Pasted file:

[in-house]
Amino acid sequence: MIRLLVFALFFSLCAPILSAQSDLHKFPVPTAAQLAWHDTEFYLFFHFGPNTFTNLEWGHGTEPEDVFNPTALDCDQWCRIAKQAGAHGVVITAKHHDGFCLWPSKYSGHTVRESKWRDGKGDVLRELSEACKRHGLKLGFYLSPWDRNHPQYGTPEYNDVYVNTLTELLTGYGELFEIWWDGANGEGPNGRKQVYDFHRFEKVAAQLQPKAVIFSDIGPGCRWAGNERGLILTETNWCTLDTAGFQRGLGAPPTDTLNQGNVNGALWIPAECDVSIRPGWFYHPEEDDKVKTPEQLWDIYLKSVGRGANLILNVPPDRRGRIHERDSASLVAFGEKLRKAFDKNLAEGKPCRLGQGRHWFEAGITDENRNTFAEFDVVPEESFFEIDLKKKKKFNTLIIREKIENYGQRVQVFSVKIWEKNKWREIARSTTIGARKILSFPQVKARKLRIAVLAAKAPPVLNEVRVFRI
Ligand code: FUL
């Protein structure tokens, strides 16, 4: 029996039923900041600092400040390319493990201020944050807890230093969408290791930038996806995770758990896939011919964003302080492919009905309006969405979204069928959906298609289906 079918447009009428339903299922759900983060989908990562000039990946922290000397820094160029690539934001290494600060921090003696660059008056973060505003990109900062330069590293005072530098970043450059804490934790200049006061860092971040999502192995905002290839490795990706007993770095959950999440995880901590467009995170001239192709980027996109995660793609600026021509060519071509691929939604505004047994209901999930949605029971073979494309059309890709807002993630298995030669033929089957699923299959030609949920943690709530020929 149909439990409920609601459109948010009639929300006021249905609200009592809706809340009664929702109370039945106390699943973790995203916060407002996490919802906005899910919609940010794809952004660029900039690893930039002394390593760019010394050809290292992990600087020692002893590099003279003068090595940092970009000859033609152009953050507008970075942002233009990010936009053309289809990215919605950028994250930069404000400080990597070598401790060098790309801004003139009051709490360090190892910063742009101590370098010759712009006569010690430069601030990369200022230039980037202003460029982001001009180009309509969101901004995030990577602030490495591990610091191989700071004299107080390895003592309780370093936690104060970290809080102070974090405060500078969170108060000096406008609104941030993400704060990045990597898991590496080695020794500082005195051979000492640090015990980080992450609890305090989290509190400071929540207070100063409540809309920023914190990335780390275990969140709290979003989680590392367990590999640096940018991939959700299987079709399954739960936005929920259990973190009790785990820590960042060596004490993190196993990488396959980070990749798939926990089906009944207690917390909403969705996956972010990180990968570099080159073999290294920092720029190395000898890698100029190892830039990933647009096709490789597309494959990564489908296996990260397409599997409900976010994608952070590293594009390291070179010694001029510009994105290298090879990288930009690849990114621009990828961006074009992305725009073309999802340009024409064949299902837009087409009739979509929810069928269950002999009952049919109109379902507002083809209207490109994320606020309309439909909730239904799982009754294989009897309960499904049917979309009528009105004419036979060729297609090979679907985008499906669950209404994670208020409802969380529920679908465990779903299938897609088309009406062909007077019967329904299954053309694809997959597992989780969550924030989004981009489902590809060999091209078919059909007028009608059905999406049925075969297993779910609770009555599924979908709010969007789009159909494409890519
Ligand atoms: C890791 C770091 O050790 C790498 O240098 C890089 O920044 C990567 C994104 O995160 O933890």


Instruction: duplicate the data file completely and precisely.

[in-house]
Amino acid sequence: MIRLLVFALFFSLCAPILSAQSDLHKFPVPTAAQLAWHDTEFYLFFHFGPNTFTNLEWGHGTEPEDVFNPTALDCDQWCRIAKQAGAHGVVITAKHHDGFCLWPSKYSGHTVRESKWRDGKGDVLRELSEACKRHGLKLGFYLSPWDRNHPQYGTPEYNDVYVNTLTELLTGYGELFEIWWDGANGEGPNGRKQVYDFHRFEKVAAQLQPKAVIFSDIGPGCRWAGNERGLILTETNWCTLDTAGFQRGLGAPPTDTLNQGNVNGALWIPAECDVSIRPGWFYHPEEDDKVKTPEQLWDIYLKSVGRGANLILNVPPDRRGRIHERDSASLVAFGEKLRKAFDKNLAEGKPCRLGQGRHWFEAGITDENRNTFAEFDVVPEESFFEIDLKKKKKFNTLIIREKIENYGQRVQVFSVKIWEKNKWREIARSTTIGARKILSFPQVKARKLRIAVLAAKAPPVLNEVRVFRI
Ligand code: FUL
């Protein structure tokens, strides 16, 4: 029996039923900041600092400040390319493990201020944050807890230093969408290791930038996806995770758990896939011919964003302080492919009905309006969405979204069928959906298609289906 079918447009009428339903299922759900983060989908990562000039990946922290000397820094160029690539934001290494600060921090003696660059008056973060505003990109900062330069590293005072530098970043450059804490934790200049006061860092971040999502192995905002290839490795990706007993770095959950999440995880901590467009995170001239192709980027996109995660793609600026021509060519071509691929939604505004047994209901999930949605029971073979494309059309890709807002993630298995030669033929089957699923299959030609949920943690709530020929 149909439990409920609601459109948010009639929300006021249905609200009592809706809340009664929702109370039945106390699943973790995203916060407002996490919802906005899910919609940010794809952004660029900039690893930039002394390593760019010394050809290292992990600087020692002893590099003279003068090595940092970009000859033609152009953050507008970075942002233009990010936009053309289809990215919605950028994250930069404000400080990597070598401790060098790309801004003139009051709490360090190892910063742009101590370098010759712009006569010690430069601030990369200022230039980037202003460029982001001009180009309509969101901004995030990577602030490495591990610091191989700071004299107080390895003592309780370093936690104060970290809080102070974090405060500078969170108060000096406008609104941030993400704060990045990597898991590496080695020794500082005195051979000492640090015990980080992450609890305090989290509190400071929540207070100063409540809309920023914190990335780390275990969140709290979003989680590392367990590999640096940018991939959700299987079709399954739960936005929920259990973190009790785990820590960042060596004490993190196993990488396959980070990749798939926990089906009944207690917390909403969705996956972010990180990968570099080159073999290294920092720029190395000898890698100029190892830039990933647009096709490789597309494959990564489908296996990260397409599997409900976010994608952070590293594009390291070179010694001029510009994105290298090879990288930009690849990114621009990828961006074009992305725009073309999802340009024409064949299902837009087409009739979509929810069928269950002999009952049919109109379902507002083809209207490109994320606020309309439909909730239904799982009754294989009897309960499904049917979309009528009105004419036979060729297609090979679907985008499906669950209404994670208020409802969380529920679908465990779903299938897609088309009406062909007077019967329904299954053309694809997959597992989780969550924030989004981009489902590809060999091209078919059909007028009608059905999406049925075969297993779910609770009555599924979908709010969007789009159909494409890519
Ligand atoms: C890791 C770091 O050790 C790498 O240098 C890089 O920044 C990567 C994104 O995160 O933890």